Jun 28, 2017 | Updated: 09:10 PM EDT

Want to Prevent Alzheimer's? Live Clean and Learn New Things

Jun 15, 2017 01:14 PM EDT

Brain concept
(Photo : Getty Images)

Alzheimer's disease is developed in 500,000 Americans every year. It kills more people in this country than prostate and breast cancer combined. Most of us have no way of knowing that we are at risk for the disease. There is no cure yet.

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What if there was something he could have done to prevent our minds from ever developing the disease? Scientists and experts now think that there are things we can do to keep our brains healthy and greatly reduce the chances of developing Alzheimer's. Also there are things we can do so that our brains, despite the onset of Alzheimer's, never experience the symptoms of the disease. 

"Alzheimer's disease is an irreversible, progressive brain disorder that slowly destroys memory and thinking skills and, eventually, the ability to carry out the simplest tasks. In most people with Alzheimer's, symptoms first appear in their mid-60s. Alzheimer's disease is the most common cause of dementia among older adults." according to the National Institute on Aging.

According to Lisa Genova, author of the book "Still Alice", there are things we can do in our 40's and later in our life that will help our minds become resistant to Alzheimer's disease. Genova's prescription for preventing Alzheimer's involves several factors. Not smoking, maintaining good cardio health and getting a sufficient amount of sleep. 

The reasons for Genova's prescription for prevention have to do with synapses. The brain has neurons that connect when we have thoughts, feelings or memories. These point at which these neurons connect is called synapse. When synapse occur, a small peptide called beta amyloid is released. This is usually cleared by microglia, which Genova calls "the janitors of the brain" because their job is to clear out beta amyloid and make sure that it does not develop into amyloid plaque. When amyloid plaque reaches a tipping point, our microglia cells become hyperactive and scientists think that they may start clearing out the synapses themselves. This leads to loss of memory, the early symptoms of Alzheimer's disease. According to Genova, many scientists believe that the key to prevention is to keep amyloid plaque from reaching a tipping point.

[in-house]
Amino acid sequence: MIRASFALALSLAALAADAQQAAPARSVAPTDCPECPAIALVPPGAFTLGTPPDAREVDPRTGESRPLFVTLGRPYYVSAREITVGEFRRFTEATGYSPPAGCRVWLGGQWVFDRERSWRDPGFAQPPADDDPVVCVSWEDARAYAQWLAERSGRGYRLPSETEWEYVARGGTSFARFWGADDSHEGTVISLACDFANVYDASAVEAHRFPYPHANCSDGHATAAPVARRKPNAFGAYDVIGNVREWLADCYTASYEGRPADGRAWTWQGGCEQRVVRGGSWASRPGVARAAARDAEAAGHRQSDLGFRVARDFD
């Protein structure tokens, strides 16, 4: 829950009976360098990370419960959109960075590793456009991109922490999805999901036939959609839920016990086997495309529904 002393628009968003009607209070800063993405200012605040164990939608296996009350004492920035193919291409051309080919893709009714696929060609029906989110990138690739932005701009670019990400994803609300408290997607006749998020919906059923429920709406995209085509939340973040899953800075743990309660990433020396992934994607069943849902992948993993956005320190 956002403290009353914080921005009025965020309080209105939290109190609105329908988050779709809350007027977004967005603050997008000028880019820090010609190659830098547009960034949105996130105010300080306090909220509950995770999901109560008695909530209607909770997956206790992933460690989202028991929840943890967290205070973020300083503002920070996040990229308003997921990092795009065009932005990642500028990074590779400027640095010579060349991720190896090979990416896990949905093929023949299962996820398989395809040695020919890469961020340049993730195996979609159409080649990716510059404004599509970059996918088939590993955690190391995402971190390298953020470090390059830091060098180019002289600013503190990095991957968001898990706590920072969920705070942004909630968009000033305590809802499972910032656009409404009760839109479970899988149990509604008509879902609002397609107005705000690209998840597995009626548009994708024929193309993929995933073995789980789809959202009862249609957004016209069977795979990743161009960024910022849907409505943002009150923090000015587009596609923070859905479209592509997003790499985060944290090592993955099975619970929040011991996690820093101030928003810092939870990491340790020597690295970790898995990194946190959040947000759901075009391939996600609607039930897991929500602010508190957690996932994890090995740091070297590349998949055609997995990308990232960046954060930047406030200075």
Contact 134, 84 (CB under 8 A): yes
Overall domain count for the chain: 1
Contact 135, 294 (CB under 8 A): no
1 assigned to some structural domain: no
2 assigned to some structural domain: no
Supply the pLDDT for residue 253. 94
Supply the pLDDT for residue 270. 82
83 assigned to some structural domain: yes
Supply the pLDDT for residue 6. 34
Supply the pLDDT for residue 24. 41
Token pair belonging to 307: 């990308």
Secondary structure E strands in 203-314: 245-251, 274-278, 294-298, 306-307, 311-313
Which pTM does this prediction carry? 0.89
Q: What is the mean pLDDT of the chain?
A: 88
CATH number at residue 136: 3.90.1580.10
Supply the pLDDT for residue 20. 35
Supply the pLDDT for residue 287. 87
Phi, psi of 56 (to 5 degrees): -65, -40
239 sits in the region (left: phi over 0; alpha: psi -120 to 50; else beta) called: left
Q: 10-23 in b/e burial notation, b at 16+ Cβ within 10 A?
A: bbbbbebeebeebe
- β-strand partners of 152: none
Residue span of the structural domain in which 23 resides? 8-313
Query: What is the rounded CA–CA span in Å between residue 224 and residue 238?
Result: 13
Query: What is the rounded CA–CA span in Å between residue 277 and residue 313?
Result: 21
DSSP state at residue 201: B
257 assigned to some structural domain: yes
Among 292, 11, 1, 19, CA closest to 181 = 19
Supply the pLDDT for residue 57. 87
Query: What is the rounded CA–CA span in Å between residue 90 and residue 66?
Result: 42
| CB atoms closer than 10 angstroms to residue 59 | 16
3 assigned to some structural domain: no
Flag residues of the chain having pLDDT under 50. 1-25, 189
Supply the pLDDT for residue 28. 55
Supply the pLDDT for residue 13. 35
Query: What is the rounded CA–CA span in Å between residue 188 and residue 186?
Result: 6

The genes we inherit are a factor, but for most of us, our DNA alone will not make us get Alzheimer's. Sleep may be one key to prevention. During deep sleep our bodies clear away metabolic waste that accumulated in our bodies while we were awake. "Deep sleep is like a power cleanse for the brain" according to Genova. Many scientists believe that poor sleep hygiene may be a predictor of Alzheimer's. High blood pressure, cardiovascular health, diabetes, obesity, smoking and high cholesterol have all been shown to increase our risk of developing Alzheimer's. 

This is all good advice if you are 35. What if you are already 65 and you haven't exactly led a clean life. You like high fat foods, you don't get enough sleep and you are a smoker who does not keep good cardiovascular health. There is one more thing you can do to prevent experiencing the symptoms of Alzheimer's. Learn new things. Learning new things, like learning to speak another language, reading a new book or meeting new friends produces more synapses. "Every time we learn something new we are creating and strengthening new neural connections" according to Genova. 

In what has come to be known as the "nun study", 675 nuns all over the age of 75 had their brains donated to science. After being studied while they were alive for 2 decades and given physicals and cognitive tests, their brains were studied after they died. What scientists found surprised them. Despite the presence of plaques and brain shrinkage, and what looked like Alzheimer's disease, none of the nuns showed signs of having Alzheimer's disease while they were alive. The reason, scientists think, is because these nuns had a high level of cognitive reserve. They had a large number of synapses. They kept learning new things later in life. This late life learning produced more synapses and even though they technically had Alzheimer's when they died, their brains never felt the symptoms because they had a high number of reserve synapses to offset the disease. 

There may be no way of actually preventing Alzheimer's, but if you keep learning new things late in life, your brain may never even know that you have the disease and you will be able to live symptom free. This is not a cure for the disease, but it is a way to prevent experiencing the symptoms of Alzheimer's.



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